Deep Sea Fishing

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The boat smelled like dead fish.  I had never been deep sea fishing before.  On our vacation in Ocean City, my father, a Navy man, decided we were going deep sea fishing.  He even took us to breakfast.

It’s 1965.  I’m seven, and Dad says get whatever you want.  I am Dad’s fat son and he knows this will please me.  Three pancakes, three strips of bacon, three eggs and four pieces of toast.  I eat my brother’s toast too.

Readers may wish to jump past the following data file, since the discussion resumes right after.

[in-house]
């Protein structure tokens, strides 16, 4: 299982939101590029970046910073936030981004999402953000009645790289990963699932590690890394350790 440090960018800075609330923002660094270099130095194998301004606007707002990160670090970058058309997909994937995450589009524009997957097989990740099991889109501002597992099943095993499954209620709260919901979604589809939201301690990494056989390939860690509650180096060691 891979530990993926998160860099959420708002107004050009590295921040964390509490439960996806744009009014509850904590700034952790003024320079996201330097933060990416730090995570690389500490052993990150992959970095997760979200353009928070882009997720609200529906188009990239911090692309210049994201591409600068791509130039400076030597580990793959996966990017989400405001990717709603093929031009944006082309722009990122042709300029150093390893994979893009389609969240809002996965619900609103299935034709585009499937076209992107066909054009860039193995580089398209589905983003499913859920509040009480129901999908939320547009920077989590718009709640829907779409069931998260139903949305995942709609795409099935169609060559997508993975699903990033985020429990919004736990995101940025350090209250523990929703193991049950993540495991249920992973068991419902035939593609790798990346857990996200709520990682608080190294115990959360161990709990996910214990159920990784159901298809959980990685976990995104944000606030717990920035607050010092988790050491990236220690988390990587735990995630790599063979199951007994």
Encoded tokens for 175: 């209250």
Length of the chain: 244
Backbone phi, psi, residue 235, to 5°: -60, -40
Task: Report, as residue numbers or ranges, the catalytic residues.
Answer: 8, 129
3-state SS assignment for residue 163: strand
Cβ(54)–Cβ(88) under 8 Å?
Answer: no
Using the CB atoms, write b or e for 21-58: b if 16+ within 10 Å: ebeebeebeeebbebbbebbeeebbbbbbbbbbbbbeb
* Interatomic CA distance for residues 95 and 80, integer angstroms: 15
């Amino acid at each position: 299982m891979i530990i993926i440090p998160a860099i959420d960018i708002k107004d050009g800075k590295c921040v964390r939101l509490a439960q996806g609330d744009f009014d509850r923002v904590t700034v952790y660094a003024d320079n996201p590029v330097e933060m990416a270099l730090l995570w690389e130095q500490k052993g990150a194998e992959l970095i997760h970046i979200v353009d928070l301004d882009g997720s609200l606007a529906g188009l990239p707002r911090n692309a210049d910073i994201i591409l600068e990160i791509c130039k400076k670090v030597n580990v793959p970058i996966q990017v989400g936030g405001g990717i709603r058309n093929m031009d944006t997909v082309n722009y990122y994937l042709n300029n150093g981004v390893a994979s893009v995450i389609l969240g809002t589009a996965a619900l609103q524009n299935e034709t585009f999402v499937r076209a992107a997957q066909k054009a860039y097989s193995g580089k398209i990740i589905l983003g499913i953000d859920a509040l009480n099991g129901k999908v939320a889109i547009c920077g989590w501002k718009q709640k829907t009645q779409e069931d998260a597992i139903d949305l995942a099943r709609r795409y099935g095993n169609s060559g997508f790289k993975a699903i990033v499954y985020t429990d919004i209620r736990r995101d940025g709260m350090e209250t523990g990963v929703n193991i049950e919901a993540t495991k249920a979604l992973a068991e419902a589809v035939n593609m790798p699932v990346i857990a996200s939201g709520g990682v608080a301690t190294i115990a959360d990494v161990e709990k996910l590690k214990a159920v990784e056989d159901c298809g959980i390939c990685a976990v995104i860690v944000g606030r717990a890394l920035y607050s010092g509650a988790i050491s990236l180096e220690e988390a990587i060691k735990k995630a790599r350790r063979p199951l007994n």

When I step on the Captain Bunting I have an overfull feeling.  The boat smells and so does its crew.  My brother’s eyes meet mine when a crewman passes by us: we know he is not a regular bather.  He’s missing his front teeth and two fingers.  He smiles at me as if he could eat me for breakfast.  I smile back but not my heartwarming smile–it’s a fake smile.  My brother motions to follow him and we walk to the front of the boat.  There are benches with seat belts so we sit down.  As the boat heads out to sea it goes way up through a wave, then way down.  My brother looks at me and says I looked pale.  That’s when I throw up all over my blue bathing trunks.  I usually cry in these situations, but I can feel more coming so I run for the closest bathroom.  My brother and I occupy both bathrooms for the entire voyage.  My Dad never takes us fishing again.

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